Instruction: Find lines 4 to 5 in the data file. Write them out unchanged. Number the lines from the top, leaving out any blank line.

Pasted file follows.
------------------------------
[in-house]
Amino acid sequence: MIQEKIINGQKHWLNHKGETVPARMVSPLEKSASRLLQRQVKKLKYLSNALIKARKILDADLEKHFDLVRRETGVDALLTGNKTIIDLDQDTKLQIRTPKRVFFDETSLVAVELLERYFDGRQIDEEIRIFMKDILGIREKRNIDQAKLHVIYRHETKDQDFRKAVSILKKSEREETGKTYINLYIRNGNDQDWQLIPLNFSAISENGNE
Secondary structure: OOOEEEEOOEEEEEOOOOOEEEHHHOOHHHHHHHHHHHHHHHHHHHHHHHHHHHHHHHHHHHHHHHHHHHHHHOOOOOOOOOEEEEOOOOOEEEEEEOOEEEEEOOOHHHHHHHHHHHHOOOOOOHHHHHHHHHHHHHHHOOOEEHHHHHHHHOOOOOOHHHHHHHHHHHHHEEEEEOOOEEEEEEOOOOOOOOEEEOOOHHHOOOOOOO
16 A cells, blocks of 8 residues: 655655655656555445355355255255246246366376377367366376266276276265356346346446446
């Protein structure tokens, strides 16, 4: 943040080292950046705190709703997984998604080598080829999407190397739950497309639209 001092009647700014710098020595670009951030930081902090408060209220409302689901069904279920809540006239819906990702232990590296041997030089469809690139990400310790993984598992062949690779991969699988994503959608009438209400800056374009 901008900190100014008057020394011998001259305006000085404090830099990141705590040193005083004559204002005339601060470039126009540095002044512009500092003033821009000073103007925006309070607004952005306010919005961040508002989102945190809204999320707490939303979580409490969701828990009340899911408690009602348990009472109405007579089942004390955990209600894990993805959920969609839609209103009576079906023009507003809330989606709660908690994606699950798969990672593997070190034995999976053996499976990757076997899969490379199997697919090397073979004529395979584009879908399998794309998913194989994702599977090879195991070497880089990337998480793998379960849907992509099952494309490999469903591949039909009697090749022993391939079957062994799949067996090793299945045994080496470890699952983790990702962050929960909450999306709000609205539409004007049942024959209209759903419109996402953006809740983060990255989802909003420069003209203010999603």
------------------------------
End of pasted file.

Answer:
16 A cells, blocks of 8 residues: 655655655656555445355355255255246246366376377367366376266276276265356346346446446
């Protein structure tokens, strides 16, 4: 943040080292950046705190709703997984998604080598080829999407190397739950497309639209 001092009647700014710098020595670009951030930081902090408060209220409302689901069904279920809540006239819906990702232990590296041997030089469809690139990400310790993984598992062949690779991969699988994503959608009438209400800056374009 901008900190100014008057020394011998001259305006000085404090830099990141705590040193005083004559204002005339601060470039126009540095002044512009500092003033821009000073103007925006309070607004952005306010919005961040508002989102945190809204999320707490939303979580409490969701828990009340899911408690009602348990009472109405007579089942004390955990209600894990993805959920969609839609209103009576079906023009507003809330989606709660908690994606699950798969990672593997070190034995999976053996499976990757076997899969490379199997697919090397073979004529395979584009879908399998794309998913194989994702599977090879195991070497880089990337998480793998379960849907992509099952494309490999469903591949039909009697090749022993391939079957062994799949067996090793299945045994080496470890699952983790990702962050929960909450999306709000609205539409004007049942024959209209759903419109996402953006809740983060990255989802909003420069003209203010999603």